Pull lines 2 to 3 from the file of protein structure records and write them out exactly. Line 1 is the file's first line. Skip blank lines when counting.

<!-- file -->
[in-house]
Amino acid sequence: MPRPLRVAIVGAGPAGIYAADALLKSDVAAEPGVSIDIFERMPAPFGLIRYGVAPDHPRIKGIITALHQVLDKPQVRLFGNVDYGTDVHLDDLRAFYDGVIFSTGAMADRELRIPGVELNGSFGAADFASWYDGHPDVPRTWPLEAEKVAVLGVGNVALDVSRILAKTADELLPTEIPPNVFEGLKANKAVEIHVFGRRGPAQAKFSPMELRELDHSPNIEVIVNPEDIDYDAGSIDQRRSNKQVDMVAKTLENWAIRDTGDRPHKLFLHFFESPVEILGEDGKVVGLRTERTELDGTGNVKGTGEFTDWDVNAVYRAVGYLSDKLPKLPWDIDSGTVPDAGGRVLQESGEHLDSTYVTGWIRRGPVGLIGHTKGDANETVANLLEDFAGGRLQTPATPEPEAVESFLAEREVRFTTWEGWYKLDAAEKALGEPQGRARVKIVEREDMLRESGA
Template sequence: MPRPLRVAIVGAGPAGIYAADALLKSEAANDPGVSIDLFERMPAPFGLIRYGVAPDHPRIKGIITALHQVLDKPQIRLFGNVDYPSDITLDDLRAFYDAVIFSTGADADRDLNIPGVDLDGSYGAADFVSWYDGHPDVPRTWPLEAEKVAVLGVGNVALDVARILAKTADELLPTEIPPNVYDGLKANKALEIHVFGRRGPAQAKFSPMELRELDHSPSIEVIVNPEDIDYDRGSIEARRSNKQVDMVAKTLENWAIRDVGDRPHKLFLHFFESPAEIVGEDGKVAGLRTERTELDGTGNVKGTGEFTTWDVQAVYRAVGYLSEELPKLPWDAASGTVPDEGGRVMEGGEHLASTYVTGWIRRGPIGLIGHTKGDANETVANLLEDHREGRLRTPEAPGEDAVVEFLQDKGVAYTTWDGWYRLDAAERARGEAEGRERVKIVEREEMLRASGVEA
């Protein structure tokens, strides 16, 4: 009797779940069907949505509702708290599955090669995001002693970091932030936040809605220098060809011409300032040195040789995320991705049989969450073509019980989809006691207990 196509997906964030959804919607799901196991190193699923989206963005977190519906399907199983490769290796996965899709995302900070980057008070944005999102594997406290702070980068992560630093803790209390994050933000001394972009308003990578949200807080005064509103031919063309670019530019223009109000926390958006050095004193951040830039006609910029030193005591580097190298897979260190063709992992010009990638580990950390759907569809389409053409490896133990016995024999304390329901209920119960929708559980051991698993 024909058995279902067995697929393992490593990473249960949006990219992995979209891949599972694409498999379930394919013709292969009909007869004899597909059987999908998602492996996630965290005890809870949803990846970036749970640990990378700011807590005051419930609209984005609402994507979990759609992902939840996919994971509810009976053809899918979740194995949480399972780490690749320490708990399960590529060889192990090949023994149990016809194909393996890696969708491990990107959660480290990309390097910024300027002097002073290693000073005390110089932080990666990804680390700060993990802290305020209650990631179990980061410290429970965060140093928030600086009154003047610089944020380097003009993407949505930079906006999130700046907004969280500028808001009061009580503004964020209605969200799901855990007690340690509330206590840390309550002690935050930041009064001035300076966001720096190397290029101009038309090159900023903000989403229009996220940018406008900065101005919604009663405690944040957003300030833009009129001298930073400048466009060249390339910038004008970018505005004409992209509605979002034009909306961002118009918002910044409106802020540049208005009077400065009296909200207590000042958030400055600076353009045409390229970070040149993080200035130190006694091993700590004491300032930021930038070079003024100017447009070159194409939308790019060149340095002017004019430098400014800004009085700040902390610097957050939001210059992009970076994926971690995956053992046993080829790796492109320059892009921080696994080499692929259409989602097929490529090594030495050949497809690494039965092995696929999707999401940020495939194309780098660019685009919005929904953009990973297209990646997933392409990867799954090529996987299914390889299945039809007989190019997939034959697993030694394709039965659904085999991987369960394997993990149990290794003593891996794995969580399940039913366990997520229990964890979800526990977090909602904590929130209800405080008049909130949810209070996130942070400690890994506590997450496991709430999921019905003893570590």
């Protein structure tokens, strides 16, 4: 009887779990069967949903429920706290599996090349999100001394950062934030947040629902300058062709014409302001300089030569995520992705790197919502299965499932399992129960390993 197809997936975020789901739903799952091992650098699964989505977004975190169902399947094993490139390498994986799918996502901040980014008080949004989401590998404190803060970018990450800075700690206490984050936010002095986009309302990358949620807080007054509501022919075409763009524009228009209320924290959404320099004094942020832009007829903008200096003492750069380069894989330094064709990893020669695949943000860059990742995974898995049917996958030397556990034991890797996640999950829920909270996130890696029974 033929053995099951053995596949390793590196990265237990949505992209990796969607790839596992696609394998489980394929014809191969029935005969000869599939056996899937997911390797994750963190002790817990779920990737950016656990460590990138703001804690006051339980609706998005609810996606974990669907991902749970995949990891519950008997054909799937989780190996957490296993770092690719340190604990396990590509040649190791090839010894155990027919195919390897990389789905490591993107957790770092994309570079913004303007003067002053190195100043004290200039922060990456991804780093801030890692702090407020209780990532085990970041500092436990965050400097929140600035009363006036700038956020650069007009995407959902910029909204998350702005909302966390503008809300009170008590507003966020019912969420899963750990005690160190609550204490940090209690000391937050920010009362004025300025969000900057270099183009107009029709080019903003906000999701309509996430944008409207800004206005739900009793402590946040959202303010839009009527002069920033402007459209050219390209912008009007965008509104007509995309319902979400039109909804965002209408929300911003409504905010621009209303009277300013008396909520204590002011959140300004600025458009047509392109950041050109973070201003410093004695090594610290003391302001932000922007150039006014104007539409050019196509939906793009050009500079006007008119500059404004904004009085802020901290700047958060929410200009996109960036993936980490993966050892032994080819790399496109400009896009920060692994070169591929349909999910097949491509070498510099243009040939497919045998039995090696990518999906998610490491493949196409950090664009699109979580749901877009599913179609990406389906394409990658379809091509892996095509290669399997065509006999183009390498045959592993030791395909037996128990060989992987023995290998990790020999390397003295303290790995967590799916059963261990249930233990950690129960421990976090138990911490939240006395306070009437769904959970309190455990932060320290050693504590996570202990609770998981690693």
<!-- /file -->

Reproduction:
Amino acid sequence: MPRPLRVAIVGAGPAGIYAADALLKSDVAAEPGVSIDIFERMPAPFGLIRYGVAPDHPRIKGIITALHQVLDKPQVRLFGNVDYGTDVHLDDLRAFYDGVIFSTGAMADRELRIPGVELNGSFGAADFASWYDGHPDVPRTWPLEAEKVAVLGVGNVALDVSRILAKTADELLPTEIPPNVFEGLKANKAVEIHVFGRRGPAQAKFSPMELRELDHSPNIEVIVNPEDIDYDAGSIDQRRSNKQVDMVAKTLENWAIRDTGDRPHKLFLHFFESPVEILGEDGKVVGLRTERTELDGTGNVKGTGEFTDWDVNAVYRAVGYLSDKLPKLPWDIDSGTVPDAGGRVLQESGEHLDSTYVTGWIRRGPVGLIGHTKGDANETVANLLEDFAGGRLQTPATPEPEAVESFLAEREVRFTTWEGWYKLDAAEKALGEPQGRARVKIVEREDMLRESGA
Template sequence: MPRPLRVAIVGAGPAGIYAADALLKSEAANDPGVSIDLFERMPAPFGLIRYGVAPDHPRIKGIITALHQVLDKPQIRLFGNVDYPSDITLDDLRAFYDAVIFSTGADADRDLNIPGVDLDGSYGAADFVSWYDGHPDVPRTWPLEAEKVAVLGVGNVALDVARILAKTADELLPTEIPPNVYDGLKANKALEIHVFGRRGPAQAKFSPMELRELDHSPSIEVIVNPEDIDYDRGSIEARRSNKQVDMVAKTLENWAIRDVGDRPHKLFLHFFESPAEIVGEDGKVAGLRTERTELDGTGNVKGTGEFTTWDVQAVYRAVGYLSEELPKLPWDAASGTVPDEGGRVMEGGEHLASTYVTGWIRRGPIGLIGHTKGDANETVANLLEDHREGRLRTPEAPGEDAVVEFLQDKGVAYTTWDGWYRLDAAERARGEAEGRERVKIVEREEMLRASGVEA